While re-reading “Crossing The Threshold of Hope” by His Holiness John Paul II, I came across the following:
The Gospel, above all else, is the joy of creation. God, in creating saw that His creation was good (Genesis 1: 1-25), is the source of joy for all creatures, and above all for humankind.
God the Creator seems to say of all creation: “It is good that you exist.” And His joy spreads especially through the “good news,” according to which good is greater than all that is evil in the world.
Evil, in fact, is neither fundamental nor definitive. This point clearly distinguishes Christianity from all forms of existential pessimism.
Creation was given and entrusted to humankind as a duty, representing not a source of suffering but the foundation of a creative existence in the world.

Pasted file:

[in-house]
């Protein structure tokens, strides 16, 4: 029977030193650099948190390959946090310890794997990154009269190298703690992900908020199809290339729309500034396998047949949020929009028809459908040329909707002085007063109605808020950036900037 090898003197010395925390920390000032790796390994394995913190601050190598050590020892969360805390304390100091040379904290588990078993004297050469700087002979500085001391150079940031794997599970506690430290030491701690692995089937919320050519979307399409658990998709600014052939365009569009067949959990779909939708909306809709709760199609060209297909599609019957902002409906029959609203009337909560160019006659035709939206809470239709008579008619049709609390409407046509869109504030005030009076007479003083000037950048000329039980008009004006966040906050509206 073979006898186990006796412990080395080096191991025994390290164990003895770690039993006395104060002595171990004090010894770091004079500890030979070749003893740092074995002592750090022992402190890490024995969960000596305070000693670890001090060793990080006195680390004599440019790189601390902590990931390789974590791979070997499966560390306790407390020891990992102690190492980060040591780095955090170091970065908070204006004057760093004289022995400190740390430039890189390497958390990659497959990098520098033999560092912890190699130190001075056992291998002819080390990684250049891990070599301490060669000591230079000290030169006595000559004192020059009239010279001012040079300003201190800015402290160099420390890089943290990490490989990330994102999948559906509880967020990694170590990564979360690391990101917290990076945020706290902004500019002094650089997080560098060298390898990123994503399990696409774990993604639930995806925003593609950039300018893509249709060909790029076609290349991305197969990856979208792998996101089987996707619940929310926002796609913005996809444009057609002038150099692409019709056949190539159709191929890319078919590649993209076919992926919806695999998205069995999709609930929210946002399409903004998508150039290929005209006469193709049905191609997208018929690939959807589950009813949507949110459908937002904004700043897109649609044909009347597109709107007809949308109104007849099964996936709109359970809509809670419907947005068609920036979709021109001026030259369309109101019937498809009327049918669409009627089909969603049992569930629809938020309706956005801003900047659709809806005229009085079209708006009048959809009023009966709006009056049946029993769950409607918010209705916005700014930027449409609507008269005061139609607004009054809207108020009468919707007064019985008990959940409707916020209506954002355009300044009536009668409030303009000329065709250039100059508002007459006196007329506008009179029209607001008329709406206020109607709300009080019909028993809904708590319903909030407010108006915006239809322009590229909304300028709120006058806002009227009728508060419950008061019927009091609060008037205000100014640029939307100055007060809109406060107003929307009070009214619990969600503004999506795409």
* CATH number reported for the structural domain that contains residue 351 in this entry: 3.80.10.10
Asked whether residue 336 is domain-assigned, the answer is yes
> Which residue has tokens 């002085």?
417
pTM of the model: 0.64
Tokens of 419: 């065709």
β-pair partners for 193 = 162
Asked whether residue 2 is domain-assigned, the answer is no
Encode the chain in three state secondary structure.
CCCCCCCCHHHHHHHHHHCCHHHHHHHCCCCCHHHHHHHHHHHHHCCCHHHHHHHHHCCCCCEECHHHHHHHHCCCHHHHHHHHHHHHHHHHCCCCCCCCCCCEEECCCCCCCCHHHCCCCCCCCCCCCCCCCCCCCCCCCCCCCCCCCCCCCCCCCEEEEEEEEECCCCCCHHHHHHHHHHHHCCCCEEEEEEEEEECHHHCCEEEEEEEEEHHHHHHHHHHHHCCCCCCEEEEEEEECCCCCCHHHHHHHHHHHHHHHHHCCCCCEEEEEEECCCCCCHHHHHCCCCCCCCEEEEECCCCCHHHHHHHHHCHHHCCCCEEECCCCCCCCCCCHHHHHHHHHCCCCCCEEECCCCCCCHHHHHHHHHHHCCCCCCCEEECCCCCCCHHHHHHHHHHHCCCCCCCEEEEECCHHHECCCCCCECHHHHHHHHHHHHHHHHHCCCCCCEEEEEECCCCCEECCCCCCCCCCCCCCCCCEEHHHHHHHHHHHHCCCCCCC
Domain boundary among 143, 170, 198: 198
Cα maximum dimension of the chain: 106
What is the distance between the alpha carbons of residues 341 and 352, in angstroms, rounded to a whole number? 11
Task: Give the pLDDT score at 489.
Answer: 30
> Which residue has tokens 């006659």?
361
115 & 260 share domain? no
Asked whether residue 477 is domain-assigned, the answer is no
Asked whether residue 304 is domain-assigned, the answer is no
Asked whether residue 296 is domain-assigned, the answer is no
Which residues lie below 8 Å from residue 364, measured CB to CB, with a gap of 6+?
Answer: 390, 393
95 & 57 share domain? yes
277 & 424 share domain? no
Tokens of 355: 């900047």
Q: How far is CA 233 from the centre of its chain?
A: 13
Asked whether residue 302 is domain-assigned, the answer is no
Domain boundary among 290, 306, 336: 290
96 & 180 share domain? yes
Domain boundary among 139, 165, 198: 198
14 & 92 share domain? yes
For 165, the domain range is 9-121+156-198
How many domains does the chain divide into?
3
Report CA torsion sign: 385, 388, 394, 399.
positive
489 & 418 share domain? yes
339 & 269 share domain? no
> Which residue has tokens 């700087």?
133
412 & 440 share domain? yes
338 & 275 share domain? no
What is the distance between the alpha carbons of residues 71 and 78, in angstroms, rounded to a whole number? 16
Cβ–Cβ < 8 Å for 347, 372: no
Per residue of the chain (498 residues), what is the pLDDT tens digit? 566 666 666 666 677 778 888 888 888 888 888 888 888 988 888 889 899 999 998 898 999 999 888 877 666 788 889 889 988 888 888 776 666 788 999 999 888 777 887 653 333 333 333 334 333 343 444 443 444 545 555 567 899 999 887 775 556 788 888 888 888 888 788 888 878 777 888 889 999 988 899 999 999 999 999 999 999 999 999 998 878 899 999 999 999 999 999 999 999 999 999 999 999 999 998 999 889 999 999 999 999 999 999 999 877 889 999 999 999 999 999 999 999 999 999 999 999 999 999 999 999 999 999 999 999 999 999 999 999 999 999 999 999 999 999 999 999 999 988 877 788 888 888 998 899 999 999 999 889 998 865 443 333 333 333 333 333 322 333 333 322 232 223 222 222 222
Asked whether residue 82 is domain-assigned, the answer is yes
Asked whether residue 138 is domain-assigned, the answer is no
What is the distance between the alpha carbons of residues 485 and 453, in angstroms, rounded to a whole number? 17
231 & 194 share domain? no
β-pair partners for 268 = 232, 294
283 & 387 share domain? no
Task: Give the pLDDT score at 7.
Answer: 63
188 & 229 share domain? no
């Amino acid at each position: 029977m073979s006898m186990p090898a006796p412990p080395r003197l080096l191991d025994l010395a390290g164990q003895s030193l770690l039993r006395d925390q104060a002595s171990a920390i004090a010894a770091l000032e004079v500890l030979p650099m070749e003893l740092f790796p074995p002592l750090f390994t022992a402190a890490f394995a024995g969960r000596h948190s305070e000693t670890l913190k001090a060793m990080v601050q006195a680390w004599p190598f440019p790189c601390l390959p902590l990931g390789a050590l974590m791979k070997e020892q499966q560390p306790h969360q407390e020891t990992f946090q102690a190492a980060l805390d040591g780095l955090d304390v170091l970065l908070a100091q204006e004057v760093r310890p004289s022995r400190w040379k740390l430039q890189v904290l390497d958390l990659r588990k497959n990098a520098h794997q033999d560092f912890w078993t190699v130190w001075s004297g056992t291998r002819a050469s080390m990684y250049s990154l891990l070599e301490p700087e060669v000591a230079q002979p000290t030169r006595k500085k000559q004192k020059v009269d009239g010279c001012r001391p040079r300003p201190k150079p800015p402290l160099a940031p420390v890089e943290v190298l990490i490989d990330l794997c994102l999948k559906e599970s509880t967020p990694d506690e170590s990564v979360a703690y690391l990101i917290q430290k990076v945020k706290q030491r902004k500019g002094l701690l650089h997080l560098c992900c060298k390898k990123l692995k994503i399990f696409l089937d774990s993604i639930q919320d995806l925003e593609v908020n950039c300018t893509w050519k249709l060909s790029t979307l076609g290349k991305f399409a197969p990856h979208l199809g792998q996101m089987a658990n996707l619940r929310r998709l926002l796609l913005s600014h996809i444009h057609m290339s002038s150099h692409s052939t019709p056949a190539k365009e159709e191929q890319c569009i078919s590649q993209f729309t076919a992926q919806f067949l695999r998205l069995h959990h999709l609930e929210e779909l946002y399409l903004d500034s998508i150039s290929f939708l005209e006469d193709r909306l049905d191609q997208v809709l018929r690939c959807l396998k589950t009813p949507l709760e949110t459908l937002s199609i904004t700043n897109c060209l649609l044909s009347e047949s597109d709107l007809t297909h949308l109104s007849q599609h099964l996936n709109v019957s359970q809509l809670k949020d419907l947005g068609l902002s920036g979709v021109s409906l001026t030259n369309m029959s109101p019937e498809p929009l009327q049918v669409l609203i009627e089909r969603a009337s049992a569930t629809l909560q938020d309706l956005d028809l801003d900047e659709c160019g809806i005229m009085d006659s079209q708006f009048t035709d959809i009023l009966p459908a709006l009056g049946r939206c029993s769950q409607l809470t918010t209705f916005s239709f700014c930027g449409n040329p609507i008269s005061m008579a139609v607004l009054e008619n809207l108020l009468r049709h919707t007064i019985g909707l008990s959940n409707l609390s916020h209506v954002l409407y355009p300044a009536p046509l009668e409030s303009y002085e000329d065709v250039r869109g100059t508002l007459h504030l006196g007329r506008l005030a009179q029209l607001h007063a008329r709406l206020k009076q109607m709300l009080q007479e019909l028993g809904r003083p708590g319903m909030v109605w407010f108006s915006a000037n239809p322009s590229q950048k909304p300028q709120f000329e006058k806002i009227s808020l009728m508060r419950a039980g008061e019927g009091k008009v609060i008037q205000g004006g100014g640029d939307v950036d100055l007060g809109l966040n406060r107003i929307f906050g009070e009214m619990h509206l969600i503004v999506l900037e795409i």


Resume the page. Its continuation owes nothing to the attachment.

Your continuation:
A person who believes in the essential goodness of all creation is capable of discovering all the secrets of creation, in order to perfect continually the work assigned to him by God.
It must be clear for those who accept Revelation, and in particular the Gospel, that it is better to exist than not to exist. And because of this, in the realm of the Gospel, there is no space for nirvana, apathy, or resignation. Instead there is a great challenge to perfect creation – be it oneself, be it the world.